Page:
‘The Princess Bride’: Inside an Inconceivable Cult Classic
Based on a 1973 fantasy novel, the 1987 movie “The Princess Bride” has something for everyone: action, comedy, drama, fantastical creatures, miracles, revenge, sword fights, true love and a fairy-tale ending. Since it had everything, it was tough to describe and accurately market.
After a slow start, the movie became a cult classic, beloved by all ages. Not only has it spawned board and video games, but it also has crept into everyday life as lines from the script can apply to many situations.
A Film About True Love – Between Friends
Part of the appeal of the movie is its universality; everyone can relate to one or more of the subplots of the story. While the romance between Westley and Buttercup is what drives the action, the other characters and their relationships are more deeply developed.
Though Fezzik’s sheer size makes him intimidating, his gentleness and dedication to his friends shows him to be the kind of person we all want on our side. On the surface, Inigo Montoya’s quest for revenge makes him appear heartless, but later shows of emotion indicate otherwise.
Its Goodness Makes It Popular
At its heart, “The Princess Bride” is a story of good overcoming evil. So much so that one of the movie’s stars, Chris Sarandon, tells Variety that the good values in the movie have made it the most popular movie in Utah.
Production Was Thought to Be Impossible
William Goldman’s book was optioned for the big screen several times over 20 years, but it never got far in the production process. Rob Reiner, who had loved the novel since receiving it as a gift from his father, dreamed of making it a movie since he first started directing.
Though there was initially considerable resistance, he persisted, After getting financial support from Norman Lear, he made the movie a reality. He tells Variety that he was thrilled to learn that Goldman liked his ideas from the start, which enhanced their working relationship.
Box Office Returns Were So-So
Though it was critically acclaimed, the movie only succeeded modestly at the box office, grossing $30.8 million in the United States and Canada on a $16 million production budget. It was released on VHS in 1988 and found new audiences, ultimately becoming a cult classic. To date, DVD sales top $53 million.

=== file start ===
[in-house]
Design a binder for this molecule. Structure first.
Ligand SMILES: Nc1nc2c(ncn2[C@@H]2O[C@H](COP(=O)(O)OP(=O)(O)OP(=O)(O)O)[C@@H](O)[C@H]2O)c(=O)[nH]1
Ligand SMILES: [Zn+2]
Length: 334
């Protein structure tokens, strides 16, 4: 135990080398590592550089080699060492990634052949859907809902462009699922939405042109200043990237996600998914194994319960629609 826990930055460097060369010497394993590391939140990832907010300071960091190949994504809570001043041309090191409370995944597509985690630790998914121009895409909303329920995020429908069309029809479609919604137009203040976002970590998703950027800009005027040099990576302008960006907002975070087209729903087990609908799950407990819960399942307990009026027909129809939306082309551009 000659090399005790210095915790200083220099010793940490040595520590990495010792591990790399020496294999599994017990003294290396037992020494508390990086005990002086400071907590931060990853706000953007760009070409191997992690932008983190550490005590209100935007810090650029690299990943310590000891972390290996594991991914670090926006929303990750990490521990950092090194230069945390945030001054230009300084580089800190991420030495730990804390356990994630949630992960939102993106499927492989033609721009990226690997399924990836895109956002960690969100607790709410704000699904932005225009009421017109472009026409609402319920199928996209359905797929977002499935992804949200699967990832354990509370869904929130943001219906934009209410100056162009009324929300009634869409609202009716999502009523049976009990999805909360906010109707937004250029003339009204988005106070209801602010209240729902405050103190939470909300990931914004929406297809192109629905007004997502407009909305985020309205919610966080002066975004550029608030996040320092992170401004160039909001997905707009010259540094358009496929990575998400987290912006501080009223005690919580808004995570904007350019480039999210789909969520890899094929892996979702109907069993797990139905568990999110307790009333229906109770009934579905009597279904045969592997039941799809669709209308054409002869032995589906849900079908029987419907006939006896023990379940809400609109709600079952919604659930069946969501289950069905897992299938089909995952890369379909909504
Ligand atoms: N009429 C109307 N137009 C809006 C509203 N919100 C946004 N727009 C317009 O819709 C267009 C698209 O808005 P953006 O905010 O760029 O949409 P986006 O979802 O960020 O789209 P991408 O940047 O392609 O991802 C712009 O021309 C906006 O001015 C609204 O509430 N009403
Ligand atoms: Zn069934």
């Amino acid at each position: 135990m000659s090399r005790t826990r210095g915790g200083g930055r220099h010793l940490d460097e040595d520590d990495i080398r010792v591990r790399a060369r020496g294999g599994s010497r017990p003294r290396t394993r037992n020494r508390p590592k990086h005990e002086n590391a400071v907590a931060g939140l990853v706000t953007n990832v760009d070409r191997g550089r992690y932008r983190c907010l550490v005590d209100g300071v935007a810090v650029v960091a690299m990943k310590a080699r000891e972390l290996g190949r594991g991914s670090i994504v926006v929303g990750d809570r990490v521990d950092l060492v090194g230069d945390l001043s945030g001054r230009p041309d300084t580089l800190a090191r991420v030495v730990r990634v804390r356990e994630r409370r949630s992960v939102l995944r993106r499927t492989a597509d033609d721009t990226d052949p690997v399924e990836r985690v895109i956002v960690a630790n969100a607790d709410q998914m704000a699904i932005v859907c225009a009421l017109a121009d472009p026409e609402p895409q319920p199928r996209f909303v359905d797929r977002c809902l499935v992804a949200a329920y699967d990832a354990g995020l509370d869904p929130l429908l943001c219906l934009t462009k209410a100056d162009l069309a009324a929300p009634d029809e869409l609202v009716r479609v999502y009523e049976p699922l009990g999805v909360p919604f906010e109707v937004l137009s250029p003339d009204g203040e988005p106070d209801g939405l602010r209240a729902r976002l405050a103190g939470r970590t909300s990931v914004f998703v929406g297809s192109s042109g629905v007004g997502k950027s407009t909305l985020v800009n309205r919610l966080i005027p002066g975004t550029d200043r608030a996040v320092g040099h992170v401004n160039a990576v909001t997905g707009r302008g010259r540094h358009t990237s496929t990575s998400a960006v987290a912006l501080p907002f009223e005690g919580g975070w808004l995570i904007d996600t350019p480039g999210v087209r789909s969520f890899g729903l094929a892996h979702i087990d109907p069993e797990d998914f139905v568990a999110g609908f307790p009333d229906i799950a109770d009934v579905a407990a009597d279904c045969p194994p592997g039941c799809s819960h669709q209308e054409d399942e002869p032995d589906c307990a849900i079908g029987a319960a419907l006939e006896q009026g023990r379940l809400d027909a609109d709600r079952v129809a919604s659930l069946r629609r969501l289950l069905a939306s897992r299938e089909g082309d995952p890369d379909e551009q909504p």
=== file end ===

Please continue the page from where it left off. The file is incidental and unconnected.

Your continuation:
Much of the Cast Was Relatively Unknown
Today the cast members are household names, but at the time of the film’s release, most were relatively unknown. This was the second film role for both Robin Wright and Fred Savage, and the first comedic role for Carey Elwes. “The Princess Bride” was André the Giant’s first acting role. Though Christopher Guest had more than a decade of television and minor film roles, he was then primarily known as a one-season performer on SNL.
Elwes Was Meant to Play Westley
When Reiner saw Elwes in the movie “Lady Jane,” he knew he wanted him to play the character of Westley. However, Elwes was on set for the film “Maschenka” in Germany while they were casting in Los Angeles.
Reiner flew out to meet with Elwes (who he referred to as having an Errol Flynn quality) and quickly confirmed his choice. Elwes told ABC News that he had been a fan of the book as a teen and particularly liked the character of Westley, adding, "I couldn't have imagined myself playing him!"
Buttercup Was Heaven-Sent
The role of Buttercup wasn’t cast until late in the process, only about a week before filming. Reiner and casting director Jane Jenkins had auditioned several English actresses but had not found the right Buttercup. Wright's agent contacted Jenkins for an audition. Though Wright had not impressed Jenkins at her last audition for another movie, this time the casting director knew it was a fit.